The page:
Talking Therapy: which therapy is for me?
From those professionals discussed in the previous post, there may be a large variety of therapies used to help help the mental health disorders that they face. Here I am going to break down a few of the common therapies used to treat depression and anxiety.
Mindful Meditation: This is an increasingly popular therapy that enables the client to live with the negative thoughts through acceptance and distancing rather than being combative and fighting the thoughts. Although it is very effective when used for mental health illnesses such as depression and anxiety, it can be used for a wide array of issues. There are different ways of approaching this including Acceptance and Commitment therapy (ACT) and Mindfulness-Based Cognitive therapy (MBCT).
ACT is all about being open and accepting. By increasing your emotional intelligence, it enables you to distance yourself from your negative thoughts and beliefs, viewing them in a more objective manner. This allows painful feelings to come and go by acknowledging their presence and letting go without dwelling on them. The most important aspect is being present, living in the here and now. I personally really like this one, it can be hard and takes practice but is very beneficial and therapeutic.
MBCT is using mindful meditation as well as cognitive therapy to be present in the moment, stop the minding wandering and avoid unpleasant thoughts. This therapy also enables you to understand, manage and distance themselves from the negative thoughts. In return interrupting the automatic processes that trigger the negative and often repetitive thoughts.
Cognitive behaviour therapy (CBT) is a short-term problem solving and goal focused therapy that combines the use of cognitive therapy with behavioural therapy, as well a wide array of other issues. The combination of the two use together has proven to have great results in treating anxiety and depression. It uses the idea that the way you think, and act directly effects the way you feel. This therapy includes self-help strategies, education, and goal setting. These tools include identifying and challenging negative thoughts that trigger depression, as well as breaking the pattern of thinking and beliefs that associate with anxiety.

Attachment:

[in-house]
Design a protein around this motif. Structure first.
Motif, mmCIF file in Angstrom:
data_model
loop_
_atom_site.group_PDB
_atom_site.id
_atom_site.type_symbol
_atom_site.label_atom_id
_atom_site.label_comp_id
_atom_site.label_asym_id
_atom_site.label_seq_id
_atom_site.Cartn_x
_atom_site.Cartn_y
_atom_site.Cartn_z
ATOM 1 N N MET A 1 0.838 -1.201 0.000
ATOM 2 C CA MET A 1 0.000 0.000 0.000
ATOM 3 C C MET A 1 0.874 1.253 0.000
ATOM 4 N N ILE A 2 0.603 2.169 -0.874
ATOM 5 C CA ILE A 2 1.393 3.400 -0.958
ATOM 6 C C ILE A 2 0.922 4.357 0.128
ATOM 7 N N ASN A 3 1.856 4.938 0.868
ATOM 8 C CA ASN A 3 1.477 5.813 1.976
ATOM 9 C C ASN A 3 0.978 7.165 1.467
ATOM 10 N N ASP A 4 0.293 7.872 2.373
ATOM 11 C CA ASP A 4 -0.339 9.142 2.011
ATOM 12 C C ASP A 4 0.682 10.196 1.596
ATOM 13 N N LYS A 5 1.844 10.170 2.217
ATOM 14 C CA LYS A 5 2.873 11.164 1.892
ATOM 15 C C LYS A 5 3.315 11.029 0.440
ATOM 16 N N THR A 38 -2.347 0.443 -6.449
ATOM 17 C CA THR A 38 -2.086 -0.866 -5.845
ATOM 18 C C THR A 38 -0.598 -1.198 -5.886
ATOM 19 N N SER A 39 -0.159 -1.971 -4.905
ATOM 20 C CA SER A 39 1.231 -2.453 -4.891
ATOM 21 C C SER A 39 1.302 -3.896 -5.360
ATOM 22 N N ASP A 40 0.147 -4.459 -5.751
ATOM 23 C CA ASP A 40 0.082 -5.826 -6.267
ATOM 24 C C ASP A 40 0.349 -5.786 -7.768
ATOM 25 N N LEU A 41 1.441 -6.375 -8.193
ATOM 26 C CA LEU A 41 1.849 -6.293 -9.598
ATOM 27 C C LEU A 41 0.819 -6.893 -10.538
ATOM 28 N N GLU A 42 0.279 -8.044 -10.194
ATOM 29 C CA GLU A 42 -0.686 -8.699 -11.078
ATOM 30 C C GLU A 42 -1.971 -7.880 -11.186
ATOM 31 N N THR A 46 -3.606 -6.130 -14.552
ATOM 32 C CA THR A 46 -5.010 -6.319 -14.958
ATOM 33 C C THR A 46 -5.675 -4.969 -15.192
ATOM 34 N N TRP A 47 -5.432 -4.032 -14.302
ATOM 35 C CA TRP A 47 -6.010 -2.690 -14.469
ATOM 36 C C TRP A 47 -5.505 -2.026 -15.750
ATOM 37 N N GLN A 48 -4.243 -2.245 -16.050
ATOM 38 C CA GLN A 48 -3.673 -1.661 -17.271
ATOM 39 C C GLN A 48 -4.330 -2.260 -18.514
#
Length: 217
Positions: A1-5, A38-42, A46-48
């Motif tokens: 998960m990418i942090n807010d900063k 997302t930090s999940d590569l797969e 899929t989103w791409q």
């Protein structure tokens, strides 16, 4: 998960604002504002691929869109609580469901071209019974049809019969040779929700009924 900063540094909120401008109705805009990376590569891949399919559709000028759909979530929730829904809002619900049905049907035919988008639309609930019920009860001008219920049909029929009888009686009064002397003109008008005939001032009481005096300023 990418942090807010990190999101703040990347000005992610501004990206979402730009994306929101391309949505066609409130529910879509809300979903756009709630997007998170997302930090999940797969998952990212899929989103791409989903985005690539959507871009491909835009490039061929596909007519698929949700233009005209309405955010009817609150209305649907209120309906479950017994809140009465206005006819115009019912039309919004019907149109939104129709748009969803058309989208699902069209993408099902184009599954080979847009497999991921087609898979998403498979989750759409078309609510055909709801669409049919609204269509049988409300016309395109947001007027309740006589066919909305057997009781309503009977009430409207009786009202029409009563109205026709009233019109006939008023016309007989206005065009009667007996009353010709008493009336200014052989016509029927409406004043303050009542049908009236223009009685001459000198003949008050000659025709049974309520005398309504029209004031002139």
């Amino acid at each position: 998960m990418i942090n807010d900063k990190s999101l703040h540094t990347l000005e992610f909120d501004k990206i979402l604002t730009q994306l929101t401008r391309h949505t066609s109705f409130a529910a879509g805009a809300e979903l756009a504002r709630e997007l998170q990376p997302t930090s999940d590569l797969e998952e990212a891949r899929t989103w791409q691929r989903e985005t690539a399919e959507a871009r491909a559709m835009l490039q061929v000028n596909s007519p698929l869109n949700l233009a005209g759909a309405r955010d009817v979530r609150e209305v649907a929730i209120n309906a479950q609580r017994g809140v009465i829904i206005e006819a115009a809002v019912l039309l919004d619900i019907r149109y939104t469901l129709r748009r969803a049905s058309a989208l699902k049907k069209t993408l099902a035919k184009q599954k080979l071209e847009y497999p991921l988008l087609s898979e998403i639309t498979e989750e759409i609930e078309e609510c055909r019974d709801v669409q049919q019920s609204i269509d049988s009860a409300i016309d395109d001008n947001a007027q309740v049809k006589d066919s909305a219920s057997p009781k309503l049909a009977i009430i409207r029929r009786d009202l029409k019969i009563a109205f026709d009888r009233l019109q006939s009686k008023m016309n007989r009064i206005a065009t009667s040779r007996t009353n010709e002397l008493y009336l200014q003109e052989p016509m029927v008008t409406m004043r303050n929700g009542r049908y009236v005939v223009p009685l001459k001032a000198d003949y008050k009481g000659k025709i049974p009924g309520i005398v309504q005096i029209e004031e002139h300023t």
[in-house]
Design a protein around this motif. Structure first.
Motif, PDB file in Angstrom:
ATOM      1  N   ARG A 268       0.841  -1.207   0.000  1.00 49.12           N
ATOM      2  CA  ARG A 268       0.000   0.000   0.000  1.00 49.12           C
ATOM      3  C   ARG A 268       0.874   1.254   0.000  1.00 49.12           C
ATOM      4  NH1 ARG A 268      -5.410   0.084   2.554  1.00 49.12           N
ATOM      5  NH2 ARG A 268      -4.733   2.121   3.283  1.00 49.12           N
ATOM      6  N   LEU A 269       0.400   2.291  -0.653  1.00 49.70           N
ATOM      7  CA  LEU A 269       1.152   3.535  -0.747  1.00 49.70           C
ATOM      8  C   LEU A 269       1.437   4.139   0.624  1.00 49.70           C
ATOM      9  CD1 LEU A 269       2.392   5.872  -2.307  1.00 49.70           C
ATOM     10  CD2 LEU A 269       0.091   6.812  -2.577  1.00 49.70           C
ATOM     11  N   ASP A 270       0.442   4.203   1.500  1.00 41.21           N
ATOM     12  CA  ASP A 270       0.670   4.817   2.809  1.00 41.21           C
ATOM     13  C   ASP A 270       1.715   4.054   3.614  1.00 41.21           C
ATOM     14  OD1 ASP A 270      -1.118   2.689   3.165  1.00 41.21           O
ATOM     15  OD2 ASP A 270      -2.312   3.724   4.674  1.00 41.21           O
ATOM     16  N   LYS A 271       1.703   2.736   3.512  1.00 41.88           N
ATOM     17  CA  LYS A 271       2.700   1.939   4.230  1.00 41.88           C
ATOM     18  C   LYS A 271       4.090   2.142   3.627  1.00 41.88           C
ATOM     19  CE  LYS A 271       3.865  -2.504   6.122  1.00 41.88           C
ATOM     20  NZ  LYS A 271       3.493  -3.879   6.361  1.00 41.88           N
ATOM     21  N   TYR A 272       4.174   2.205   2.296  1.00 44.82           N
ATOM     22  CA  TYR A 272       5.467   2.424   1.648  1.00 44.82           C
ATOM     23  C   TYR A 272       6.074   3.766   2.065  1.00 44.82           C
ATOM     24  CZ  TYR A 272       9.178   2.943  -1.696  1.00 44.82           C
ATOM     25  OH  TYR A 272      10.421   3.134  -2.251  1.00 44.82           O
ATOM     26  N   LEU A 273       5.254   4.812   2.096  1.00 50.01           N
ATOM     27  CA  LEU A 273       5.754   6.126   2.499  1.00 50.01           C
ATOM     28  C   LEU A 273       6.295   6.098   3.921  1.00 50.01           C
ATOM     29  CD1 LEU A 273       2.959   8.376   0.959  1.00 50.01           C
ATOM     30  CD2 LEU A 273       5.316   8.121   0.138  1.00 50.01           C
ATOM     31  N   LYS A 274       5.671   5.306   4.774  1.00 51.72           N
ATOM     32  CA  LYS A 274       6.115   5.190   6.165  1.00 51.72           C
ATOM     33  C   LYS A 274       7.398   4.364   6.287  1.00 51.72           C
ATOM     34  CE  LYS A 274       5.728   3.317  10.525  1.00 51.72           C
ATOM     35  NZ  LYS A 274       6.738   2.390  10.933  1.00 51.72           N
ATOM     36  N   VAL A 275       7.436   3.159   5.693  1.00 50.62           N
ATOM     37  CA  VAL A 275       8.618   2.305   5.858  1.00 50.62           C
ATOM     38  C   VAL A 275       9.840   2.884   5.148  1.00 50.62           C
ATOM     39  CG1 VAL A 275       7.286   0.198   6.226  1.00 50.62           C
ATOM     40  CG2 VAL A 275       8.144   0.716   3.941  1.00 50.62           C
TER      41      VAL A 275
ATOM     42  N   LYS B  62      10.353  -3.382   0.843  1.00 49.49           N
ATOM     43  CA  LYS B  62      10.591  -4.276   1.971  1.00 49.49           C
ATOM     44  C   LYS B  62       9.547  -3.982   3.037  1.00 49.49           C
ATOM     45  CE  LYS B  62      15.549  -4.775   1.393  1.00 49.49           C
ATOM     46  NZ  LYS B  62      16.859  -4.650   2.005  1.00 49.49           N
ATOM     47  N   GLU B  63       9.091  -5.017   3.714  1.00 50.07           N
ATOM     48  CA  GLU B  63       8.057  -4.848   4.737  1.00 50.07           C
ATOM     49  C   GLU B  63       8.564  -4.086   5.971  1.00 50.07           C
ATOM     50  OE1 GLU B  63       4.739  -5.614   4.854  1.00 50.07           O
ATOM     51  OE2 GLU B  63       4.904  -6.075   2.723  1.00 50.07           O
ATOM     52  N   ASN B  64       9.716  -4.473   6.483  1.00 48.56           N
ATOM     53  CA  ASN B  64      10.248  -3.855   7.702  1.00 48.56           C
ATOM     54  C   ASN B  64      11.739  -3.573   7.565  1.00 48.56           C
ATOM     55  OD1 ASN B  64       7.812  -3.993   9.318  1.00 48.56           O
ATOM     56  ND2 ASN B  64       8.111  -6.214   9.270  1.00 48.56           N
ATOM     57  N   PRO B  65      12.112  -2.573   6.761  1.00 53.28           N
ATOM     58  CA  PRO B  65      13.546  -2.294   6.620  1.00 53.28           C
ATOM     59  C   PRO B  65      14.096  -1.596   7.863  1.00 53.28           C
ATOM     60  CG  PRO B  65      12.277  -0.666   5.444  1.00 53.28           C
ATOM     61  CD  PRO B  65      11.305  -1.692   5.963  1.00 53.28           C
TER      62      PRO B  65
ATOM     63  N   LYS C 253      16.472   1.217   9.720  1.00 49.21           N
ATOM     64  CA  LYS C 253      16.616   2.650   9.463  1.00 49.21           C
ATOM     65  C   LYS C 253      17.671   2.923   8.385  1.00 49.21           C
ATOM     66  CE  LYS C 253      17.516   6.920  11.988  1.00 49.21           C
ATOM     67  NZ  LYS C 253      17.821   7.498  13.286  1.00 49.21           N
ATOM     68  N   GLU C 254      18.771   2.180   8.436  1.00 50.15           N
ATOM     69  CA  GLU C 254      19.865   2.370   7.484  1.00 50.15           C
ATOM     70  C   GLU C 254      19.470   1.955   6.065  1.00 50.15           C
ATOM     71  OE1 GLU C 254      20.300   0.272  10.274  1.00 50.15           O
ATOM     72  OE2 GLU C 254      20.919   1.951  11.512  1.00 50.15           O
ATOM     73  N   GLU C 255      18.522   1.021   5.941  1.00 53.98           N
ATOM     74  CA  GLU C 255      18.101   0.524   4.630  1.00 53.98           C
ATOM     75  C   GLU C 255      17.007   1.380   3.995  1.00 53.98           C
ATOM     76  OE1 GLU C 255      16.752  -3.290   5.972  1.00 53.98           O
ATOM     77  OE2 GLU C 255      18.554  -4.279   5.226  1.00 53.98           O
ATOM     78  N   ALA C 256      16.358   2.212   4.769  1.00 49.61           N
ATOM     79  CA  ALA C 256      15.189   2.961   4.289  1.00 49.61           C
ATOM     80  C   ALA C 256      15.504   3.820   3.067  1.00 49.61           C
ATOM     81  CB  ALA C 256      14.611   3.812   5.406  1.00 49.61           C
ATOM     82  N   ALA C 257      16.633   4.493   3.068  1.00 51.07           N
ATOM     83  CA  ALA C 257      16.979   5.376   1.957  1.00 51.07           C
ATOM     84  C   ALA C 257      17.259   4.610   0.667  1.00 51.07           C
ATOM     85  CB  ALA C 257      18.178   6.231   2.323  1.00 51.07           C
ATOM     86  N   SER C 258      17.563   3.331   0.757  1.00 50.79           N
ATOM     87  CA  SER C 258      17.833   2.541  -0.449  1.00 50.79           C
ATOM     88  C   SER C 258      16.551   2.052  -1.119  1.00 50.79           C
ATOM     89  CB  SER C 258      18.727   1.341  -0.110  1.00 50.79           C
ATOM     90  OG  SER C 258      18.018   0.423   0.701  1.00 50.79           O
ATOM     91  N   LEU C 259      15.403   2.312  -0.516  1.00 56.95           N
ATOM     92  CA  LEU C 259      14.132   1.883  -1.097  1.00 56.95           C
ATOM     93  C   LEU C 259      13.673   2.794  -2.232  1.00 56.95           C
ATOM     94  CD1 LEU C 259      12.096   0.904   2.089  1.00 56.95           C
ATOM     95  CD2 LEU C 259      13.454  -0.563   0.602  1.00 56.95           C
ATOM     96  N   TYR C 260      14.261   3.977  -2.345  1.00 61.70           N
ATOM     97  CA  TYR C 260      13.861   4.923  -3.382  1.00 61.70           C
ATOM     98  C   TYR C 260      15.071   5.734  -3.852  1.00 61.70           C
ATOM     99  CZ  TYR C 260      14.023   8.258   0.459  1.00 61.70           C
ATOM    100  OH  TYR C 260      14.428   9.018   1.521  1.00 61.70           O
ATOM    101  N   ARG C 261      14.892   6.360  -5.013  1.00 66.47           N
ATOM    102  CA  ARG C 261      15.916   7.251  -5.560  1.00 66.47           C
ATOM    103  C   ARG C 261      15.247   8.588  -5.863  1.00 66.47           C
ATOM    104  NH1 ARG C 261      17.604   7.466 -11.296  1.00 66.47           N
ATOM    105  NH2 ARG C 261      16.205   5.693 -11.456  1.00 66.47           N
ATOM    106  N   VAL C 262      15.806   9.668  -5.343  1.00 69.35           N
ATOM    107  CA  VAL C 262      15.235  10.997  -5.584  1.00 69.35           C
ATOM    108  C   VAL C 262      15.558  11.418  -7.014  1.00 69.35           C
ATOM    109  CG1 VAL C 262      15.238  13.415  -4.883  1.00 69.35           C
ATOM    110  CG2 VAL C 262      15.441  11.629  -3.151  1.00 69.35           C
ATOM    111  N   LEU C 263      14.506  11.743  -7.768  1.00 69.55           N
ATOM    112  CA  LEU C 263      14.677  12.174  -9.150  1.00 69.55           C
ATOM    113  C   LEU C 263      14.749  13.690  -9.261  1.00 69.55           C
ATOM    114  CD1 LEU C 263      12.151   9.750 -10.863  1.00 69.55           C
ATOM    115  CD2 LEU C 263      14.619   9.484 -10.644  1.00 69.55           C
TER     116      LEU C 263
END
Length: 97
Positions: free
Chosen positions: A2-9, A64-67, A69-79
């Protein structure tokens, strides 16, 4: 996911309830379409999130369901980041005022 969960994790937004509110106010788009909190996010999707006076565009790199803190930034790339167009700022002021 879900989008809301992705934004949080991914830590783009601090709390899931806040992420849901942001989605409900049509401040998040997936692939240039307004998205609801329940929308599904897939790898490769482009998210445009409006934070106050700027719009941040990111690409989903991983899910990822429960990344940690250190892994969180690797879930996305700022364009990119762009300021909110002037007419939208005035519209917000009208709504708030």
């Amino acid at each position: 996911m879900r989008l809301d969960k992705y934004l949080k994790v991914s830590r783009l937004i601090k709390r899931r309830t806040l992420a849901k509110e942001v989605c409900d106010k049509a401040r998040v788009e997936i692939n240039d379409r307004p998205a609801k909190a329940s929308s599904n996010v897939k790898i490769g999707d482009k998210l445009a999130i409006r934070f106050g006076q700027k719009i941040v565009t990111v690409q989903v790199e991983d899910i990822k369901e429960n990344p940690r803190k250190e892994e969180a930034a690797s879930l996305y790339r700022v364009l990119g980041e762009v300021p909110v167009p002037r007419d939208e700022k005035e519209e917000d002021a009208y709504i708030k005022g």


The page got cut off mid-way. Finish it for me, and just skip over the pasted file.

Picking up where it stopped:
Cognitive therapy (CT) challenges negative and unhealthy thoughts with strategies where the patient observes their emotions and thoughts, which brings change to their behaviour. For example, having to give evidence about a thought, proving it false and replacing with a positive.
Behaviour therapy (BT) is giving the patient skills to alter negative behaviour. For example, practicing behaviours that create more positive outcomes for a person who continuously things negative about themselves.
Psychodynamic Therapy is a more open and intensive therapy rather than goal based. The client is encouraged to talk freely about emotions, desires, and fears, removing any defence mechanism and diving into the unconscious. This leads to discussions about emotions, thoughts, early life experiences and beliefs where the insight is gained of emotional suffering and problematic patterns are recognised. The ultimate goal is to alleviate symptoms and for the client to live a healthier life.
Interpersonal Therapy is a short-term therapy that focuses on the link between mood and life events that trigger mood disorders. This is done through correcting problems in interpersonal relationships and social interactions, developing skills needed to manage them. Recognising patterns in relationships that make the client more vulnerable to depression and other mental health disorders. It is believed that improving the client’s mood will improve relationships and vice versa.
The type of therapy used is often subjective to the clients’ preferences and mental health needs. Mental health is an ever-developing condition which takes hard work where there isn’t a quick fix. Being open and honest can be extremely hard but is a necessary part of leading a more happy and healthy life.